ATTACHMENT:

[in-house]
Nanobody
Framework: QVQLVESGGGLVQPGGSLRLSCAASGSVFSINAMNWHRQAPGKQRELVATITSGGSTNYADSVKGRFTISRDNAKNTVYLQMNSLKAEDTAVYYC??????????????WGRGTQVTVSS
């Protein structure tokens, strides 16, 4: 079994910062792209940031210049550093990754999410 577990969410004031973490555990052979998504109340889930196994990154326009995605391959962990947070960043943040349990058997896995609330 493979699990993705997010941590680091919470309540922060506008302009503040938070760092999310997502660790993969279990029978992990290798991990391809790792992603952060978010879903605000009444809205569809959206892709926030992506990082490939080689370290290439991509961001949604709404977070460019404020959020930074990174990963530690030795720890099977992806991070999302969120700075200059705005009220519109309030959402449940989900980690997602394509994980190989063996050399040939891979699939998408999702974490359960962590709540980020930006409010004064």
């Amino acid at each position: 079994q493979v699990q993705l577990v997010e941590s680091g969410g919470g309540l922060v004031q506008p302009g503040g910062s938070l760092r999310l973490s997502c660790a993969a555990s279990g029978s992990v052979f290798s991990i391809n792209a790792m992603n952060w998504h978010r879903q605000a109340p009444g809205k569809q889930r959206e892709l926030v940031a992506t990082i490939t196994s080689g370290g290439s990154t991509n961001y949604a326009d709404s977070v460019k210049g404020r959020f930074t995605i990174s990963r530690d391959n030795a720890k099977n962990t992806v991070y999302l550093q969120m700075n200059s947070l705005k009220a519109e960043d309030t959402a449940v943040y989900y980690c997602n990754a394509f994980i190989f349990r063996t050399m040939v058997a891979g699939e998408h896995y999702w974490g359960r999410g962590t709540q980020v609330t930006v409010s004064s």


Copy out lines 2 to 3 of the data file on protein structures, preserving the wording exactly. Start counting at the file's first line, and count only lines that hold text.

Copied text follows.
Nanobody
Framework: QVQLVESGGGLVQPGGSLRLSCAASGSVFSINAMNWHRQAPGKQRELVATITSGGSTNYADSVKGRFTISRDNAKNTVYLQMNSLKAEDTAVYYC??????????????WGRGTQVTVSS